Mortazavi said he came up with the idea after speaking to Seattle entrepreneur Hadi Partovi, an adviser to the company and avid junk mail foe. Prior to PaperKarma, Partovi collected names in an Excel spreadsheet of advertisers that sent him junk mail. The former Microsoft and iLike exec would then spend hours calling each company one-by-one asking to be removed from the lists.

“The idea popped into my head that perhaps we could make this process less painful by enabling people to just snap pics of their junk mail and have someone take care of the rest of it,” said Mortazavi, adding that the environmental aspect of the idea really resonated with a lot of people.

At this point, Readbl, as the company is known, is bootstrapped with funds from the founders. Mortazavi is serving as CEO, while Ribera — a former software engineer at Jobster, iLike and Urbanspoon — is CTO.

Mortazavi said he may consider raising cash depending upon the reception to the idea.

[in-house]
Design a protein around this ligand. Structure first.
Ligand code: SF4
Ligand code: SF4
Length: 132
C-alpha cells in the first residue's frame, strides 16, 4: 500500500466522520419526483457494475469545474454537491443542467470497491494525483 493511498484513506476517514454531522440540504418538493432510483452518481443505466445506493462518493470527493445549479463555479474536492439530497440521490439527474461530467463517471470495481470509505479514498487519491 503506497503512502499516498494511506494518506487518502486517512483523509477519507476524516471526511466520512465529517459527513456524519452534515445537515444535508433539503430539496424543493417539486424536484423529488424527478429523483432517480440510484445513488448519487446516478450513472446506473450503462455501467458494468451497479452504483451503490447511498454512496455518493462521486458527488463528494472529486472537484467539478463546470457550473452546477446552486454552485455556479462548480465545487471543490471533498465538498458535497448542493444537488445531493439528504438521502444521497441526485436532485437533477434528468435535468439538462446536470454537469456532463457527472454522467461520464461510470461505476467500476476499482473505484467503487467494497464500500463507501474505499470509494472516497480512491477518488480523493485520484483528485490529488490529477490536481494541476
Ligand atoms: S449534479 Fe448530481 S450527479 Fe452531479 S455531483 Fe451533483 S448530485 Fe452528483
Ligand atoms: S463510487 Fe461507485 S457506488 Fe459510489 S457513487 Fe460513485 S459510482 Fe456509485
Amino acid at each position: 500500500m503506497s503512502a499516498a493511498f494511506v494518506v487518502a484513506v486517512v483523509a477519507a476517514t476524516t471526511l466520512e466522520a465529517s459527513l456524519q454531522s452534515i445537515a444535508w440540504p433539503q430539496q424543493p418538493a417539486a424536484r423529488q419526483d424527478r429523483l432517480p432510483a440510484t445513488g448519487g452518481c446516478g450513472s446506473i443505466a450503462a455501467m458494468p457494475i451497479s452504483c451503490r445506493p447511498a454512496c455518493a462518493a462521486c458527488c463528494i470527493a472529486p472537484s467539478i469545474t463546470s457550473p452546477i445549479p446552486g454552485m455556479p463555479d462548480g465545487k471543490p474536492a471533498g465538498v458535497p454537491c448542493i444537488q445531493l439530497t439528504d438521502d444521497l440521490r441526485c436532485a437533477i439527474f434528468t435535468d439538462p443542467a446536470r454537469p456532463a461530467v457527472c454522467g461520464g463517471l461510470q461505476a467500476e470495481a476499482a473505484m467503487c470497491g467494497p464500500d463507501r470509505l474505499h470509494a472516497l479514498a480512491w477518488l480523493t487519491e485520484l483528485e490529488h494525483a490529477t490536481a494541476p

Based on the fact that Americans on average spend about eight months of their lives dealing with unsolicited email, we’re thinking that reception will be pretty positive.

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  • Richard Hay

    This looks to be a great app and service. Even better is seeing it hit all three major platforms at once. I hope other companies and developers follow suit.

  • Guest

    Good for you guys! Neat idea!

  • Kym E

    I was not able to download it to my Android. I am bummed. Great article!

    • Brendan Ribera

      Kym, what version of Android are you running? We’re currently only available on 2.2 and higher. I’d love to support 2.1, too, but I just couldn’t get that done for v1.

      • Sean

        I’m on 2.3.3 and wasn’t able to locate the app, either.  I’m using the search function in ‘Apps.’

        • Brendan Ribera

          That is curious! The only other explicit filter we have is whether a hardware camera is present. I’ll definitely poke around to see whether others are seeing this.

  • Jodi Kaplan

    Sounds like a great idea. Two additional points though.  First, while your request should be processed right away, you’ll still get any mail still in the pipeline (writing, printing, mailing).  You should see results after 6-8 weeks.